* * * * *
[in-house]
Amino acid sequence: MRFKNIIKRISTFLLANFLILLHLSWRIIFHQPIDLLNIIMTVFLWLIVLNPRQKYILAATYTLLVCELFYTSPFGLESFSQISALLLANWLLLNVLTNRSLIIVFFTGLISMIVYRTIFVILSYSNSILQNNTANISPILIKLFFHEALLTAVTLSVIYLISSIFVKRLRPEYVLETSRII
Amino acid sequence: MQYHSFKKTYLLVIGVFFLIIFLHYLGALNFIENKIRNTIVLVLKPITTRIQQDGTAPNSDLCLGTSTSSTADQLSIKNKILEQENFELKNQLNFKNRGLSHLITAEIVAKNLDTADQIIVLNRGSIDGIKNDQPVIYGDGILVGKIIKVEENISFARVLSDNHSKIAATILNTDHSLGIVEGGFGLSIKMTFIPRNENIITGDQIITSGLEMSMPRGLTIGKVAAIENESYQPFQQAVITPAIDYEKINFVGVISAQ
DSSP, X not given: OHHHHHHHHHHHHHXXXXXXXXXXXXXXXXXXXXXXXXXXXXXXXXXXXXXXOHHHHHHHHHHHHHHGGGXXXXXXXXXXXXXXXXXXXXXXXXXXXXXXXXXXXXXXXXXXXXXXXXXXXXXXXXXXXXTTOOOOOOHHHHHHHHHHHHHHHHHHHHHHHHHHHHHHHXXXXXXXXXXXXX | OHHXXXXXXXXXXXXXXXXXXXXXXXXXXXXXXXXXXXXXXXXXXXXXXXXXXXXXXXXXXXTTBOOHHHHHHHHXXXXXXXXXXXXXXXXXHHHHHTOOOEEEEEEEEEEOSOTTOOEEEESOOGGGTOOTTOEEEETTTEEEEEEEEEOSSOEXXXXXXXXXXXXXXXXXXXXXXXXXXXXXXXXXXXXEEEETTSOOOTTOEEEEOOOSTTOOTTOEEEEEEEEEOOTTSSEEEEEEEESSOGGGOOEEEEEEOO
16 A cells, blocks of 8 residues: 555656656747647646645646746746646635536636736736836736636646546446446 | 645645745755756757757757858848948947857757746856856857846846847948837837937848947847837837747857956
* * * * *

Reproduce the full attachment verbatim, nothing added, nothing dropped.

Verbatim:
[in-house]
Amino acid sequence: MRFKNIIKRISTFLLANFLILLHLSWRIIFHQPIDLLNIIMTVFLWLIVLNPRQKYILAATYTLLVCELFYTSPFGLESFSQISALLLANWLLLNVLTNRSLIIVFFTGLISMIVYRTIFVILSYSNSILQNNTANISPILIKLFFHEALLTAVTLSVIYLISSIFVKRLRPEYVLETSRII
Amino acid sequence: MQYHSFKKTYLLVIGVFFLIIFLHYLGALNFIENKIRNTIVLVLKPITTRIQQDGTAPNSDLCLGTSTSSTADQLSIKNKILEQENFELKNQLNFKNRGLSHLITAEIVAKNLDTADQIIVLNRGSIDGIKNDQPVIYGDGILVGKIIKVEENISFARVLSDNHSKIAATILNTDHSLGIVEGGFGLSIKMTFIPRNENIITGDQIITSGLEMSMPRGLTIGKVAAIENESYQPFQQAVITPAIDYEKINFVGVISAQ
DSSP, X not given: OHHHHHHHHHHHHHXXXXXXXXXXXXXXXXXXXXXXXXXXXXXXXXXXXXXXOHHHHHHHHHHHHHHGGGXXXXXXXXXXXXXXXXXXXXXXXXXXXXXXXXXXXXXXXXXXXXXXXXXXXXXXXXXXXXTTOOOOOOHHHHHHHHHHHHHHHHHHHHHHHHHHHHHHHXXXXXXXXXXXXX | OHHXXXXXXXXXXXXXXXXXXXXXXXXXXXXXXXXXXXXXXXXXXXXXXXXXXXXXXXXXXXTTBOOHHHHHHHHXXXXXXXXXXXXXXXXXHHHHHTOOOEEEEEEEEEEOSOTTOOEEEESOOGGGTOOTTOEEEETTTEEEEEEEEEOSSOEXXXXXXXXXXXXXXXXXXXXXXXXXXXXXXXXXXXXEEEETTSOOOTTOEEEEOOOSTTOOTTOEEEEEEEEEOOTTSSEEEEEEEESSOGGGOOEEEEEEOO
16 A cells, blocks of 8 residues: 555656656747647646645646746746646635536636736736836736636646546446446 | 645645745755756757757757858848948947857757746856856857846846847948837837937848947847837837747857956